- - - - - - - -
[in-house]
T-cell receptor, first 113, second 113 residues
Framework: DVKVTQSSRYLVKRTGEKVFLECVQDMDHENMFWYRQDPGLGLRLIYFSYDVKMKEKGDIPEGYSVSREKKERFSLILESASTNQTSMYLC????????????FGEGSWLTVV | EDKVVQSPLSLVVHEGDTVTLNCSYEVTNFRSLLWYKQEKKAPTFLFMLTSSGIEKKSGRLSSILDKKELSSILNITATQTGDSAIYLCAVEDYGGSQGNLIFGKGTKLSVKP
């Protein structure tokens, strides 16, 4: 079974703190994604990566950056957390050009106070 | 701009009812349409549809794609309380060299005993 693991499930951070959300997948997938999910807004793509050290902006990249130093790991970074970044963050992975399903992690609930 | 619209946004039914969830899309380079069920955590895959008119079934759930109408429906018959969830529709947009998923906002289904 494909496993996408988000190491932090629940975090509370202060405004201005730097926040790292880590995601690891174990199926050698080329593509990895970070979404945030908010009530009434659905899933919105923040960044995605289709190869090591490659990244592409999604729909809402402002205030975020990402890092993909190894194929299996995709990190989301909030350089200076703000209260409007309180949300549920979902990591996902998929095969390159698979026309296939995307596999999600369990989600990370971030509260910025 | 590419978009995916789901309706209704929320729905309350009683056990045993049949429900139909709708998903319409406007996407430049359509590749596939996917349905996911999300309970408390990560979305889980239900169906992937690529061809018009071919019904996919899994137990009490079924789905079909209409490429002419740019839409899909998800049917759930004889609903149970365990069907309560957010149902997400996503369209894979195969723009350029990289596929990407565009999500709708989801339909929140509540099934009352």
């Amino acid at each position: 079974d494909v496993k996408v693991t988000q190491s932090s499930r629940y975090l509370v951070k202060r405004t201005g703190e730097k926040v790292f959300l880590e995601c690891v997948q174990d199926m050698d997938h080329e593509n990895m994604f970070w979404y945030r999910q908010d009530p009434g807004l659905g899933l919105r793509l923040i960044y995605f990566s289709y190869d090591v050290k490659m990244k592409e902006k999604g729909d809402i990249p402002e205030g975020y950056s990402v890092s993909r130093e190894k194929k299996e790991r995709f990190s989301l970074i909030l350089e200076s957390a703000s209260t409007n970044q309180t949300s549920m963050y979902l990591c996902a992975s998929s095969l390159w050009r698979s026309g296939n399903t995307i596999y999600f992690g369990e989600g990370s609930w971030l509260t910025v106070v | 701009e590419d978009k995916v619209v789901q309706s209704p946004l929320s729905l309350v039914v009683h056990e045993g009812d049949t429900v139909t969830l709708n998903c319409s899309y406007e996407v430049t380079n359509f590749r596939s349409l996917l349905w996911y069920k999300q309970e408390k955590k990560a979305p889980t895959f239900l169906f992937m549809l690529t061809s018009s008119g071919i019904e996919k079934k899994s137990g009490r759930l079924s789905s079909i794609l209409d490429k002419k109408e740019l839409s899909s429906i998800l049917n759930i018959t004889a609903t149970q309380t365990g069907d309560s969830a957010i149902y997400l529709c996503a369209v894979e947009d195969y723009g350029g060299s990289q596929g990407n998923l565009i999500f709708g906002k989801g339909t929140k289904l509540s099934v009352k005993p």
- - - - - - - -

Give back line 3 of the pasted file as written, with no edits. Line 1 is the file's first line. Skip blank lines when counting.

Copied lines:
Framework: DVKVTQSSRYLVKRTGEKVFLECVQDMDHENMFWYRQDPGLGLRLIYFSYDVKMKEKGDIPEGYSVSREKKERFSLILESASTNQTSMYLC????????????FGEGSWLTVV | EDKVVQSPLSLVVHEGDTVTLNCSYEVTNFRSLLWYKQEKKAPTFLFMLTSSGIEKKSGRLSSILDKKELSSILNITATQTGDSAIYLCAVEDYGGSQGNLIFGKGTKLSVKP